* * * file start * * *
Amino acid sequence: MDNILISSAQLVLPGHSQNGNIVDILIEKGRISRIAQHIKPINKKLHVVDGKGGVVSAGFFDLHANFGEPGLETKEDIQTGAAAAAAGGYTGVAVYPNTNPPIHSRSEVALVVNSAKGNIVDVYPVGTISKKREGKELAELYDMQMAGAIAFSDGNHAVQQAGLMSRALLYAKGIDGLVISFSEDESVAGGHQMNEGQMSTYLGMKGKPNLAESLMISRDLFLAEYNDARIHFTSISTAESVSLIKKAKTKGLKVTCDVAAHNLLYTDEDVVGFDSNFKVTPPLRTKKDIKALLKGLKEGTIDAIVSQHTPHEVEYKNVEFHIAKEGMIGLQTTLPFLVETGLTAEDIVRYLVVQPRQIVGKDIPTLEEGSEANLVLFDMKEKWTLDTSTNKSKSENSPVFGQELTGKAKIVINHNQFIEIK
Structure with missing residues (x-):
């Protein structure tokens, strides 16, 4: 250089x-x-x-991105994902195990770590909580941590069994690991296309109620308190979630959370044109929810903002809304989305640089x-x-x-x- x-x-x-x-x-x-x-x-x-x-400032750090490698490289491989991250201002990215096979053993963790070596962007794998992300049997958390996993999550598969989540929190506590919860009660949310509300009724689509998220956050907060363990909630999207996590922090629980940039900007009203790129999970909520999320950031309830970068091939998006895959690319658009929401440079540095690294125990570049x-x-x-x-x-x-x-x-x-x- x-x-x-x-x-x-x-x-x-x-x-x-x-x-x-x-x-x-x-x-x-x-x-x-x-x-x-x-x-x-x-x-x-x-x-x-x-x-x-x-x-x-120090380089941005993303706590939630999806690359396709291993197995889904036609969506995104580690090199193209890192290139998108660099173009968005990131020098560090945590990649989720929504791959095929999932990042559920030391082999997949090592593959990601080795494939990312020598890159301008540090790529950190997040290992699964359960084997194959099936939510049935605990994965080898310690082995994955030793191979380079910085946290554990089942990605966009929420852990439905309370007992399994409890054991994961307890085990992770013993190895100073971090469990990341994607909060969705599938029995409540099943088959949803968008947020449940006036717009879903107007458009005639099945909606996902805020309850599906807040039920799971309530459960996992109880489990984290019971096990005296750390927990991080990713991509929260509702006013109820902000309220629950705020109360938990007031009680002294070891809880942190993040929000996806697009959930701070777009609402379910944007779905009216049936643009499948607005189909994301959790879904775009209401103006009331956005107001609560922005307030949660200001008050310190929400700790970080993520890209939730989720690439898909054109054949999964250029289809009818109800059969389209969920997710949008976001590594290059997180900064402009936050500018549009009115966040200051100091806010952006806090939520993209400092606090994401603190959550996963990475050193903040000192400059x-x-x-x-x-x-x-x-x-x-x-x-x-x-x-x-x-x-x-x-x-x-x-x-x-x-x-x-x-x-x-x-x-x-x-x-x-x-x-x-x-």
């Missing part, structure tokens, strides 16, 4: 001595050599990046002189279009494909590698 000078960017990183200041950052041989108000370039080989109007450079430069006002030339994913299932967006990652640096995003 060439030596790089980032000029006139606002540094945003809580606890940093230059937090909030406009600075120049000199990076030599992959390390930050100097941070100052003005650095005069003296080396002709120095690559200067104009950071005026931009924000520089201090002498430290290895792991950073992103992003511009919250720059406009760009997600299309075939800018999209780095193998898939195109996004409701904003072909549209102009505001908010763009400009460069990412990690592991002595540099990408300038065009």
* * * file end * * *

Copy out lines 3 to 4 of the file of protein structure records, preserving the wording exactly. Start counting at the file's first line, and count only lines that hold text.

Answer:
């Protein structure tokens, strides 16, 4: 250089x-x-x-991105994902195990770590909580941590069994690991296309109620308190979630959370044109929810903002809304989305640089x-x-x-x- x-x-x-x-x-x-x-x-x-x-400032750090490698490289491989991250201002990215096979053993963790070596962007794998992300049997958390996993999550598969989540929190506590919860009660949310509300009724689509998220956050907060363990909630999207996590922090629980940039900007009203790129999970909520999320950031309830970068091939998006895959690319658009929401440079540095690294125990570049x-x-x-x-x-x-x-x-x-x- x-x-x-x-x-x-x-x-x-x-x-x-x-x-x-x-x-x-x-x-x-x-x-x-x-x-x-x-x-x-x-x-x-x-x-x-x-x-x-x-x-x-120090380089941005993303706590939630999806690359396709291993197995889904036609969506995104580690090199193209890192290139998108660099173009968005990131020098560090945590990649989720929504791959095929999932990042559920030391082999997949090592593959990601080795494939990312020598890159301008540090790529950190997040290992699964359960084997194959099936939510049935605990994965080898310690082995994955030793191979380079910085946290554990089942990605966009929420852990439905309370007992399994409890054991994961307890085990992770013993190895100073971090469990990341994607909060969705599938029995409540099943088959949803968008947020449940006036717009879903107007458009005639099945909606996902805020309850599906807040039920799971309530459960996992109880489990984290019971096990005296750390927990991080990713991509929260509702006013109820902000309220629950705020109360938990007031009680002294070891809880942190993040929000996806697009959930701070777009609402379910944007779905009216049936643009499948607005189909994301959790879904775009209401103006009331956005107001609560922005307030949660200001008050310190929400700790970080993520890209939730989720690439898909054109054949999964250029289809009818109800059969389209969920997710949008976001590594290059997180900064402009936050500018549009009115966040200051100091806010952006806090939520993209400092606090994401603190959550996963990475050193903040000192400059x-x-x-x-x-x-x-x-x-x-x-x-x-x-x-x-x-x-x-x-x-x-x-x-x-x-x-x-x-x-x-x-x-x-x-x-x-x-x-x-x-």
């Missing part, structure tokens, strides 16, 4: 001595050599990046002189279009494909590698 000078960017990183200041950052041989108000370039080989109007450079430069006002030339994913299932967006990652640096995003 060439030596790089980032000029006139606002540094945003809580606890940093230059937090909030406009600075120049000199990076030599992959390390930050100097941070100052003005650095005069003296080396002709120095690559200067104009950071005026931009924000520089201090002498430290290895792991950073992103992003511009919250720059406009760009997600299309075939800018999209780095193998898939195109996004409701904003072909549209102009505001908010763009400009460069990412990690592991002595540099990408300038065009």